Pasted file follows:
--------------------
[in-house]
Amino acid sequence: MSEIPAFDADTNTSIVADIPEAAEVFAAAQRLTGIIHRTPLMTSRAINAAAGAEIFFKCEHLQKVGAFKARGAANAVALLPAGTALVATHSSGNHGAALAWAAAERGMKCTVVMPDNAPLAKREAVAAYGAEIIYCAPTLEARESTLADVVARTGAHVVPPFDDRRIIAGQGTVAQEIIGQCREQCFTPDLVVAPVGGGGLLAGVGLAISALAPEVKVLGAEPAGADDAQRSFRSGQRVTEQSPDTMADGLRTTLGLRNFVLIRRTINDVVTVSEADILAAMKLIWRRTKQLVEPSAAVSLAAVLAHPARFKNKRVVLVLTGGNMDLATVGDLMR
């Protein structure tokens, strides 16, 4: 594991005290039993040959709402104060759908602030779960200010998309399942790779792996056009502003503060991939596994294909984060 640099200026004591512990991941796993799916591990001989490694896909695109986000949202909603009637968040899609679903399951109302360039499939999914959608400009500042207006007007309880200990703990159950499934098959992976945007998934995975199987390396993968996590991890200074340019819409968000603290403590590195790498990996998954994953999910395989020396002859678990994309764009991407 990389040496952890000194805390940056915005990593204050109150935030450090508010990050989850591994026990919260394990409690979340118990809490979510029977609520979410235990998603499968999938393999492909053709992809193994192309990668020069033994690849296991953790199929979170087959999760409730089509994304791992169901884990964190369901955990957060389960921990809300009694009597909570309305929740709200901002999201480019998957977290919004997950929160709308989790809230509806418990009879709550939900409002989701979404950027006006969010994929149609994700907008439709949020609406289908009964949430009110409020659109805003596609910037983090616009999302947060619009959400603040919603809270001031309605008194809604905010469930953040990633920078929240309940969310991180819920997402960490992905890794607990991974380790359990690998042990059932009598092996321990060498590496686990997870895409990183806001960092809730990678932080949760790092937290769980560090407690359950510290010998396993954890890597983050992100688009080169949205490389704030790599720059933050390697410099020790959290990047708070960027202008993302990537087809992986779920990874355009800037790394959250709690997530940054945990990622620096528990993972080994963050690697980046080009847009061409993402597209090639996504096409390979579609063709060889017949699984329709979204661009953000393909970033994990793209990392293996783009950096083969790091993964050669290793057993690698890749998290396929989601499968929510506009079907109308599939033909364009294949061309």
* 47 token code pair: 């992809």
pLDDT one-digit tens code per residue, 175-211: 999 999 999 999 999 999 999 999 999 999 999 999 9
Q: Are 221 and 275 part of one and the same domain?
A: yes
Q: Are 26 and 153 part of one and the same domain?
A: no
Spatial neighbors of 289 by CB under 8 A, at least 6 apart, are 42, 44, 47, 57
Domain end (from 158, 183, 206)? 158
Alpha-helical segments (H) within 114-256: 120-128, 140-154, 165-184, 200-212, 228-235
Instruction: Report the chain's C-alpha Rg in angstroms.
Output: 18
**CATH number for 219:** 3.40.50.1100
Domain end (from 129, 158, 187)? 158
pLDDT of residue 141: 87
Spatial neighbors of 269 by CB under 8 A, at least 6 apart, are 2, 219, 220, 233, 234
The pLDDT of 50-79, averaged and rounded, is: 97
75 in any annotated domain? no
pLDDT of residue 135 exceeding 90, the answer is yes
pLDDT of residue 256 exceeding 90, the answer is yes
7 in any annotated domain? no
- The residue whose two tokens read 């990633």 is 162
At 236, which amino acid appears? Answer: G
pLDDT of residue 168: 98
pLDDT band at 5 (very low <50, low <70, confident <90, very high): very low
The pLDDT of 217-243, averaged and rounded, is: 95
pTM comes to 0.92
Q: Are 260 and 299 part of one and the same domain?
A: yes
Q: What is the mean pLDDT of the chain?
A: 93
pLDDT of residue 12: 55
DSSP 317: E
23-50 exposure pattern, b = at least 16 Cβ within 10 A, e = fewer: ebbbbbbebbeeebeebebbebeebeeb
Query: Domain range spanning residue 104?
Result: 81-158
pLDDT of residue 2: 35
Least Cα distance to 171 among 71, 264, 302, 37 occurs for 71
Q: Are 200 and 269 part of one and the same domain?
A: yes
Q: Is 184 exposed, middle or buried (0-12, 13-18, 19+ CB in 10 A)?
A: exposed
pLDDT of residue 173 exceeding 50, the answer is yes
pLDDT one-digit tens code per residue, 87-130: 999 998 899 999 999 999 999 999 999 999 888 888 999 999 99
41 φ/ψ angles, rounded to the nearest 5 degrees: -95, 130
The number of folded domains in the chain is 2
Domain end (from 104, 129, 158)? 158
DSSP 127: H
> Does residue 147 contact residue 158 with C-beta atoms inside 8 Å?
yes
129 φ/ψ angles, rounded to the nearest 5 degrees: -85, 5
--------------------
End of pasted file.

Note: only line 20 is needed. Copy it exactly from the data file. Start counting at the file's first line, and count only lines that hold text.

75 in any annotated domain? no